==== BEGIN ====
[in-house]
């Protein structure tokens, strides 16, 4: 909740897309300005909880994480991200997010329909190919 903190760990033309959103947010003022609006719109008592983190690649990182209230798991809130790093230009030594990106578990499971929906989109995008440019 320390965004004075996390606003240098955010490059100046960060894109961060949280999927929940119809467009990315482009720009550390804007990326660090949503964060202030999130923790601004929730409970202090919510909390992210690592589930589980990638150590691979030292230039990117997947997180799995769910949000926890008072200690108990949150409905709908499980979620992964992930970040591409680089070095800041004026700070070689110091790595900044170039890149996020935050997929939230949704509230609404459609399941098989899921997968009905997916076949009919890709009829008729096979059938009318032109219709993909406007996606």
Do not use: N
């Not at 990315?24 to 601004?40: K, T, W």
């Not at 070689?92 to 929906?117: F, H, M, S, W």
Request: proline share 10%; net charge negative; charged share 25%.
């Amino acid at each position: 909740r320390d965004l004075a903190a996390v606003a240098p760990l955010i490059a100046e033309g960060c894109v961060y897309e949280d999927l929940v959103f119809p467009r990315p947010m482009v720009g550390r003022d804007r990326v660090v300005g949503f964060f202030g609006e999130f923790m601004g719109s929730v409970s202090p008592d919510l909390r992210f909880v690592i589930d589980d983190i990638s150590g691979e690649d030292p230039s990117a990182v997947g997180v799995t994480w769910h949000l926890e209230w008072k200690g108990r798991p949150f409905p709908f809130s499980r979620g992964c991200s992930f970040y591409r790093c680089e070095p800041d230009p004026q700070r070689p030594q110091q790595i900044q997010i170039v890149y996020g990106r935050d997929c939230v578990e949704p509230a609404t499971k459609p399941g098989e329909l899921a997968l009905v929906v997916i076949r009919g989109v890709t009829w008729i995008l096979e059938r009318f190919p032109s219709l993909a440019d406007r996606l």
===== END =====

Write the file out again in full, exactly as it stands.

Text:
[in-house]
């Protein structure tokens, strides 16, 4: 909740897309300005909880994480991200997010329909190919 903190760990033309959103947010003022609006719109008592983190690649990182209230798991809130790093230009030594990106578990499971929906989109995008440019 320390965004004075996390606003240098955010490059100046960060894109961060949280999927929940119809467009990315482009720009550390804007990326660090949503964060202030999130923790601004929730409970202090919510909390992210690592589930589980990638150590691979030292230039990117997947997180799995769910949000926890008072200690108990949150409905709908499980979620992964992930970040591409680089070095800041004026700070070689110091790595900044170039890149996020935050997929939230949704509230609404459609399941098989899921997968009905997916076949009919890709009829008729096979059938009318032109219709993909406007996606």
Do not use: N
């Not at 990315?24 to 601004?40: K, T, W």
């Not at 070689?92 to 929906?117: F, H, M, S, W």
Request: proline share 10%; net charge negative; charged share 25%.
């Amino acid at each position: 909740r320390d965004l004075a903190a996390v606003a240098p760990l955010i490059a100046e033309g960060c894109v961060y897309e949280d999927l929940v959103f119809p467009r990315p947010m482009v720009g550390r003022d804007r990326v660090v300005g949503f964060f202030g609006e999130f923790m601004g719109s929730v409970s202090p008592d919510l909390r992210f909880v690592i589930d589980d983190i990638s150590g691979e690649d030292p230039s990117a990182v997947g997180v799995t994480w769910h949000l926890e209230w008072k200690g108990r798991p949150f409905p709908f809130s499980r979620g992964c991200s992930f970040y591409r790093c680089e070095p800041d230009p004026q700070r070689p030594q110091q790595i900044q997010i170039v890149y996020g990106r935050d997929c939230v578990e949704p509230a609404t499971k459609p399941g098989e329909l899921a997968l009905v929906v997916i076949r009919g989109v890709t009829w008729i995008l096979e059938r009318f190919p032109s219709l993909a440019d406007r996606l």